Most people have struggled with racing thoughts at least once in their lives, some more so than others. Too often, days are spent rushing.
We are constantly ten steps ahead of the present moment and our minds are filled with “to do’s” and “what if’s.” No matter how far down the checklist we get, there is always more to worry about.
Unfortunately, this mindset keeps us stressed out and tense, with no time to relax and take a breath. It even infiltrates our sleeping moments, keeping us up all hours of the night, perpetuating the vicious cycle the next morning.
Addiction only intensifies this experience. Characterized by an obsessive mindset, individuals in recovery from substance use can take this incessant worrying to the next level.
Unfortunately, this stress puts an extraordinary amount of pressure on a recovering addict, especially if their sleep is affected, putting them at greater risk of relapse. A major piece of the recovery process is learning to cope with stress and anxiety in a healthy way in order to enjoy the present moment and support long term sobriety. There are many ways to calm and clear the mind so that you can get back to living your life. Here are a few of our favorites.
Guided Meditation or Breathwork
Utilizing meditation or focused breathing can help relax your physical body and your brain at the same exact time. Your nervous system will thank you, as the tension slowly leaves your body.
Thoughts slow down, creating a sense of grounding and calm. Practicing guided meditation and/or breathwork at night before bed can be a great tool for improving sleep, allowing you to drift off quickly and without effort.
Consider taking some time each day to write. We suggest doing this before bed. Taking the time to get the day’s worth of thoughts onto paper has a sort of mind-clearing effect that can greatly improve your ability to fall asleep.
Acknowledge your accomplishments. Make note of things to do the next day. Jot down any interesting experiences or feelings you had. Get it all out and notice the state of your mind once you finish.
Exercise is a wonderful outlet for pent up tension. People often experience anxiety and racing thoughts.
For some, this anxiety manifests as restlessness or inability to fall asleep. Working out can release some of this pent up energy. Once the body slows down and relaxes, the mind tends to follow suit.
Knitting is a positive outlet for stress and anxiety as well, as it puts that sense of restlessness to work. Not only does knitting keep your hands busy, but it keeps your mind focused as well, thereby eliminating invasive thoughts or worry.
Learn an Instrument
Playing an instrument requires a lot of discipline and dedication. It forces you to focus on one thing at a time and its very layered so you won’t get distracted easily. Learning how to play music takes hard work but it is so worth it in the end.
Tapping into your creative side can open up a whole world of therapeutic benefits, not to mention the comfort found in the music itself. Practicing daily, even if it’s only for 20 minutes, can drastically shift your mindset.
Reading is something that has gotten lost over the years. These days, instead of picking up a book we pick up a screen. Technology has taken over our attention.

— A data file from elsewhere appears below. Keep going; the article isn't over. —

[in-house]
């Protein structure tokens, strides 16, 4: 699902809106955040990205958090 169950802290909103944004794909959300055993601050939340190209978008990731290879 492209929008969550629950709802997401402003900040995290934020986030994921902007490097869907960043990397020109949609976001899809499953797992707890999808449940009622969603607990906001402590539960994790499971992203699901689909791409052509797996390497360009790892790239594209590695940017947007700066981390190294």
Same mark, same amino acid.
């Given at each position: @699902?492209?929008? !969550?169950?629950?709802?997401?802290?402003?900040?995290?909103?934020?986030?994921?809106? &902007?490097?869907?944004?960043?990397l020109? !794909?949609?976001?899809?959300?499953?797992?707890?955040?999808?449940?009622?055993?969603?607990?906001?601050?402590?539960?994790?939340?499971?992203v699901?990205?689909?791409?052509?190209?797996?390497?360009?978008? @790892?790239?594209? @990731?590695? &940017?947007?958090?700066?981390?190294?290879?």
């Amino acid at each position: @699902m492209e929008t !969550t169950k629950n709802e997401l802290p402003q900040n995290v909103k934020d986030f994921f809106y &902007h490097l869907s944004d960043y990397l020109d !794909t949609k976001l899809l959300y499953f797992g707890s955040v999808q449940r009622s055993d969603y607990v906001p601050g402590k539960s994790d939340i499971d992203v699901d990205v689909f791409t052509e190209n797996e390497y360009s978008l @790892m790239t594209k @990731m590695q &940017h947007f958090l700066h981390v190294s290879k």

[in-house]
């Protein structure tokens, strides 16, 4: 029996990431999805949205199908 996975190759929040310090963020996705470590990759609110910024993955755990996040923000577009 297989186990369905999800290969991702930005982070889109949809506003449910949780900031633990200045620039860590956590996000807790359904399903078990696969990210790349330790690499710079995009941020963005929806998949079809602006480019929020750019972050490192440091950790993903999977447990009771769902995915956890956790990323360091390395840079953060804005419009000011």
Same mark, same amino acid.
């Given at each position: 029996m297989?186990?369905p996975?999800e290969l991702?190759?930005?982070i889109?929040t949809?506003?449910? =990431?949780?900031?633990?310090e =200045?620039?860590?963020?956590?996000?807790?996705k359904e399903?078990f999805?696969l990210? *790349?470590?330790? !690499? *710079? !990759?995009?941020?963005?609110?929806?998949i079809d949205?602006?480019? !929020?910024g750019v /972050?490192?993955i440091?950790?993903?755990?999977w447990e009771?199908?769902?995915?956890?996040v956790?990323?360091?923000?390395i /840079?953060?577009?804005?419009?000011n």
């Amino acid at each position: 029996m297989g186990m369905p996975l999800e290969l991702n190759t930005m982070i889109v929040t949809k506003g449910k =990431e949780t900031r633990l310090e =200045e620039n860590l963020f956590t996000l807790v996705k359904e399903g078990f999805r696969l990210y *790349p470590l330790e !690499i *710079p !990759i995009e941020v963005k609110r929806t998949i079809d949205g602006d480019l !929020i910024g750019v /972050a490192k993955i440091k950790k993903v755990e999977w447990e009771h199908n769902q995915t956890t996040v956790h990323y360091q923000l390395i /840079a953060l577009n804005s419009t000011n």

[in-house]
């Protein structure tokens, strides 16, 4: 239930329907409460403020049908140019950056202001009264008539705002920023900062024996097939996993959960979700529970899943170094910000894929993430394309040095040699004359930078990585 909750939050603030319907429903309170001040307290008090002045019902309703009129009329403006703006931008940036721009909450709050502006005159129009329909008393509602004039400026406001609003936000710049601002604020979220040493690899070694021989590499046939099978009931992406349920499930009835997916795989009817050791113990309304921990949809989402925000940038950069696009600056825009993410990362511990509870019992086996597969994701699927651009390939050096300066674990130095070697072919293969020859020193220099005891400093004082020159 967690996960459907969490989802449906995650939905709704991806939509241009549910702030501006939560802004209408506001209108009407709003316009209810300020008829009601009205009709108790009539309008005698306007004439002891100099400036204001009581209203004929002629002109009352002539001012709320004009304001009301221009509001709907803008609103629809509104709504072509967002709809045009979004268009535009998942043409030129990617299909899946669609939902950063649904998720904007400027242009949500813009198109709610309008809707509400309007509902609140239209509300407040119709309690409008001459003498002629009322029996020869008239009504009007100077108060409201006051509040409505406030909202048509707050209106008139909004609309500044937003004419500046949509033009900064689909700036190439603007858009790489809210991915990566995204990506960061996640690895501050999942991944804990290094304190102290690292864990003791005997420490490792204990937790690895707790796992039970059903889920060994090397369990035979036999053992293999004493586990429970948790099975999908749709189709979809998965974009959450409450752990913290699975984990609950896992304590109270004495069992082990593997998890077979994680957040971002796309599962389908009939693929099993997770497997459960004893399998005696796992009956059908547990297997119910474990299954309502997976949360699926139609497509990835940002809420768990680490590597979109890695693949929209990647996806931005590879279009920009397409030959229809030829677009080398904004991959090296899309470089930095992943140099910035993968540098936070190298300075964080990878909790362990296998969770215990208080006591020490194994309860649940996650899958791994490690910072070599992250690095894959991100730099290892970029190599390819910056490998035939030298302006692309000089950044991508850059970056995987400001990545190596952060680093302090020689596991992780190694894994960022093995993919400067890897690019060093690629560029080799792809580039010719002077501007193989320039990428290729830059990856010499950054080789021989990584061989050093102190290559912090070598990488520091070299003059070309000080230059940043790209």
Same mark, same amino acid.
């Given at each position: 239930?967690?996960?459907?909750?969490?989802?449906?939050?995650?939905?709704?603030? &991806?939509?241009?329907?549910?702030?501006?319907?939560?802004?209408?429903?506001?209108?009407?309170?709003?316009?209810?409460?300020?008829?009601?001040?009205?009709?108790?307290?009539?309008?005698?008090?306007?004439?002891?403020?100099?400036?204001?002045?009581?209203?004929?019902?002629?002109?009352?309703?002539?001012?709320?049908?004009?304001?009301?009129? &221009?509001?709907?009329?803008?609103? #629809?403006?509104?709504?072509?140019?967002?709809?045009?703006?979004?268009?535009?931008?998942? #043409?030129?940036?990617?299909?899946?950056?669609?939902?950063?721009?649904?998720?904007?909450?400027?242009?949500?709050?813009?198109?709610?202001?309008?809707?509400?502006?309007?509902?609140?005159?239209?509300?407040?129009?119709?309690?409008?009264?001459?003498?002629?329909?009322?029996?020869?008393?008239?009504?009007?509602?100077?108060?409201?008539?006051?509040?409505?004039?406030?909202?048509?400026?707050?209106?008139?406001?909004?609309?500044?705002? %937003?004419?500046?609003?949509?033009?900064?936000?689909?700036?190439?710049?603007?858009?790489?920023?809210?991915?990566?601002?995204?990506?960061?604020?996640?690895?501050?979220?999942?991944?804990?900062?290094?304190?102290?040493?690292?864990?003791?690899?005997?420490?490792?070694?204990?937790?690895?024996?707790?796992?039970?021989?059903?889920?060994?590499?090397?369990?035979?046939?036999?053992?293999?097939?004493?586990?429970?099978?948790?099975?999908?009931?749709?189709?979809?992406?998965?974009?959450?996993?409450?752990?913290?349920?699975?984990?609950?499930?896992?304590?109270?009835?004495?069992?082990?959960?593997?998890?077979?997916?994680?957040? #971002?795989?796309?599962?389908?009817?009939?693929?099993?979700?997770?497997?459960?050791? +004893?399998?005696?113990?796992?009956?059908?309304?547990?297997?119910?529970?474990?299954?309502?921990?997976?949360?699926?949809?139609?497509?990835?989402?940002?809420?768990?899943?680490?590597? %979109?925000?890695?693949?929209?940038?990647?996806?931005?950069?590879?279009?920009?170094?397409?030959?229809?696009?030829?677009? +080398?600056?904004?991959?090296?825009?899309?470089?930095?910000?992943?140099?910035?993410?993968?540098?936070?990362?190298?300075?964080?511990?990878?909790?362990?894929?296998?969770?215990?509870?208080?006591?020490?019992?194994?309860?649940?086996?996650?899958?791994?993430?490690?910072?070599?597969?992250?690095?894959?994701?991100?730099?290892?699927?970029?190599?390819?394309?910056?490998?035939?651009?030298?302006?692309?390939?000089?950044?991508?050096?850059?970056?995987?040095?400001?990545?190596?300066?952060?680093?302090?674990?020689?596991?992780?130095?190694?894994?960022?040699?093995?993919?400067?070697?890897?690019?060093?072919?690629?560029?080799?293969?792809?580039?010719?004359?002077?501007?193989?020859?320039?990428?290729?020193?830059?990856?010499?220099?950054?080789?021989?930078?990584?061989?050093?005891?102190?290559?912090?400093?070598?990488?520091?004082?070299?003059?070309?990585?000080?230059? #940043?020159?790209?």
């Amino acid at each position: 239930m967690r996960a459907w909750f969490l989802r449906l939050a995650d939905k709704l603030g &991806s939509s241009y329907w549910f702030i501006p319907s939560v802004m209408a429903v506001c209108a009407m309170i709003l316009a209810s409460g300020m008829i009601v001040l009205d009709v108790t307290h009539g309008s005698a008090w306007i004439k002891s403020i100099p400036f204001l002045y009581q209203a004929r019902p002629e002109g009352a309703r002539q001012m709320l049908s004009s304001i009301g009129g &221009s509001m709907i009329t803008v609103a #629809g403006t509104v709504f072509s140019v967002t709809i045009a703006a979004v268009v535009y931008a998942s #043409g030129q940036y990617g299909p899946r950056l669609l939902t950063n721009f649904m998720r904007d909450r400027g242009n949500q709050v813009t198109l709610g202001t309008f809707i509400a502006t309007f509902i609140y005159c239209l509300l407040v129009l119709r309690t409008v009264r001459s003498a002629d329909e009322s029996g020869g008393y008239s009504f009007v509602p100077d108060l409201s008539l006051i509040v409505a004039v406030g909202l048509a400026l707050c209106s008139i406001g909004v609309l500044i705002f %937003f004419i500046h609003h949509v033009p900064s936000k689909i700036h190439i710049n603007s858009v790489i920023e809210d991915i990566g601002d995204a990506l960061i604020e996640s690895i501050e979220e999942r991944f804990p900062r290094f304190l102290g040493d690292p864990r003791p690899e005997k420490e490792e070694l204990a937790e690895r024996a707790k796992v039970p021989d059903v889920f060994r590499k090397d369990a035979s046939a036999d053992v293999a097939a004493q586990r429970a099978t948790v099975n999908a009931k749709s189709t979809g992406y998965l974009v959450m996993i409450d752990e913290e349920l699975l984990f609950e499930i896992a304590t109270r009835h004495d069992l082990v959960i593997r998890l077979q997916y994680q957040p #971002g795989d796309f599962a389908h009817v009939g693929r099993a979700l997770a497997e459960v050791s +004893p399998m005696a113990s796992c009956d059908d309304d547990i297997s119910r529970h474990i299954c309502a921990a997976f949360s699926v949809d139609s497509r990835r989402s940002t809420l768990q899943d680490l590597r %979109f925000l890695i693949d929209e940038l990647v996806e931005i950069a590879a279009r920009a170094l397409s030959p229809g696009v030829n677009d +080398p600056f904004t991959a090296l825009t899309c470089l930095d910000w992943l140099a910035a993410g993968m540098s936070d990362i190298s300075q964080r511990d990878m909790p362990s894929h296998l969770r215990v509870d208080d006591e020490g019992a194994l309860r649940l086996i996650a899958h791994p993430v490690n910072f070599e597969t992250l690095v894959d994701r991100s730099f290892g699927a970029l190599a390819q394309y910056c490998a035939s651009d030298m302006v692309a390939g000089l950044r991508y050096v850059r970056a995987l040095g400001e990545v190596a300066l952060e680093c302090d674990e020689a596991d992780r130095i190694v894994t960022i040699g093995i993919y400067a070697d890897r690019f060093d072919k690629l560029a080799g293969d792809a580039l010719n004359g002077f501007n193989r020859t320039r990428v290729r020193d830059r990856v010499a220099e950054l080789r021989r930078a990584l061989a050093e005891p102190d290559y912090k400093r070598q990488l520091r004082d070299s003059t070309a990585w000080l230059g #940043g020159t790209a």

Consequently, we find ourselves in a constant state of information overload which only adds to a wound up mental state and lack of sleep. Reading offers many therapeutic qualities, slowing down the mind and detaching from daily stressors and concerns. It has a grounding effect, supporting decompression after a long day.
Nature offers a natural “high,” and spending time in nature creates a sense of calm and wellbeing. Unfortunately, we are so glued to our technology and social media that most people are greatly lacking in exposure to the outdoors.
Taking a hike allows you to exercise your muscles while breathing fresh air and experiencing natural beauty. Often this beauty can serve as a reminder of the mystery of life that we are all a part of. Returning to these concepts creates a sense of safety that gives our minds permission to let go of control and just be.
Plan a Social Event
Many people, especially those in addiction recovery, feel uncomfortable around new people. That said, the idea of planning a large social event or gathering might seem intimidating.
However, it’s important to remember that isolation feeds an unhealthy mental state. Choose some contrary action and make an effort to connect with others in your community.
Doing so will feel easier with practice. Reaching out and socializing with people you relate to is crucial. It’s important to share your thoughts with others and know you are not alone.
The best part is the mental health boost you’ll experience as a result. It’s amazing how connecting with others can ease our minds in return.
Struggling with Anxiety or Substance Use Disorder?
If you’re struggling with racing thoughts as a result of anxiety and/or substance use disorder, Avalon Malibu is here to help. We are a licensed mental health and substance use treatment center, specializing in helping our clients gain coping skills towards living a peaceful life. Whether you are in the middle of a relapse, or simply need support as you seek deeper healing, you don’t have to navigate the recovery journey alone. Call us today to learn more about our individualized programs, at 844-857-5992.